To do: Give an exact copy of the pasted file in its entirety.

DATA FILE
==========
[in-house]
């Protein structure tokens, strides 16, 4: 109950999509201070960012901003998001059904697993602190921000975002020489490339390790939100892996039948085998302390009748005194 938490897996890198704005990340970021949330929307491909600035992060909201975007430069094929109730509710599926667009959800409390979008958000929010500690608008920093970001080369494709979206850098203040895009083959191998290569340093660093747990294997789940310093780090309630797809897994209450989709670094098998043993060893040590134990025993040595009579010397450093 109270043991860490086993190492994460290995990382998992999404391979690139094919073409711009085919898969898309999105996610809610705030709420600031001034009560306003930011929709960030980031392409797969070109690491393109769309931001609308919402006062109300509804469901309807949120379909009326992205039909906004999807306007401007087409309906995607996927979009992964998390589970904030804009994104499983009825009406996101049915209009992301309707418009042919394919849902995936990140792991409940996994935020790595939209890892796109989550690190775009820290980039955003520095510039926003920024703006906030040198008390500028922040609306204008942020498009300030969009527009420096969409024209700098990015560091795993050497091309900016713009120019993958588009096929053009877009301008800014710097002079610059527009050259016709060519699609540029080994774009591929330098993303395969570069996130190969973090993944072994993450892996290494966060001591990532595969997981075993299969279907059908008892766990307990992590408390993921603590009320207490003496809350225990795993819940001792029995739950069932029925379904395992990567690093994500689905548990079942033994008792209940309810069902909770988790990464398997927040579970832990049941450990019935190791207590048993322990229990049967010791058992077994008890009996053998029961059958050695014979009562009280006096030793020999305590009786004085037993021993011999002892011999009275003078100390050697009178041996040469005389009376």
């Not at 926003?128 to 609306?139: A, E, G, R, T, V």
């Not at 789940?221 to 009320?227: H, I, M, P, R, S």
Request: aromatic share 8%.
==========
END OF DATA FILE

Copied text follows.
[in-house]
């Protein structure tokens, strides 16, 4: 109950999509201070960012901003998001059904697993602190921000975002020489490339390790939100892996039948085998302390009748005194 938490897996890198704005990340970021949330929307491909600035992060909201975007430069094929109730509710599926667009959800409390979008958000929010500690608008920093970001080369494709979206850098203040895009083959191998290569340093660093747990294997789940310093780090309630797809897994209450989709670094098998043993060893040590134990025993040595009579010397450093 109270043991860490086993190492994460290995990382998992999404391979690139094919073409711009085919898969898309999105996610809610705030709420600031001034009560306003930011929709960030980031392409797969070109690491393109769309931001609308919402006062109300509804469901309807949120379909009326992205039909906004999807306007401007087409309906995607996927979009992964998390589970904030804009994104499983009825009406996101049915209009992301309707418009042919394919849902995936990140792991409940996994935020790595939209890892796109989550690190775009820290980039955003520095510039926003920024703006906030040198008390500028922040609306204008942020498009300030969009527009420096969409024209700098990015560091795993050497091309900016713009120019993958588009096929053009877009301008800014710097002079610059527009050259016709060519699609540029080994774009591929330098993303395969570069996130190969973090993944072994993450892996290494966060001591990532595969997981075993299969279907059908008892766990307990992590408390993921603590009320207490003496809350225990795993819940001792029995739950069932029925379904395992990567690093994500689905548990079942033994008792209940309810069902909770988790990464398997927040579970832990049941450990019935190791207590048993322990229990049967010791058992077994008890009996053998029961059958050695014979009562009280006096030793020999305590009786004085037993021993011999002892011999009275003078100390050697009178041996040469005389009376």
């Not at 926003?128 to 609306?139: A, E, G, R, T, V």
């Not at 789940?221 to 009320?227: H, I, M, P, R, S």
Request: aromatic share 8%.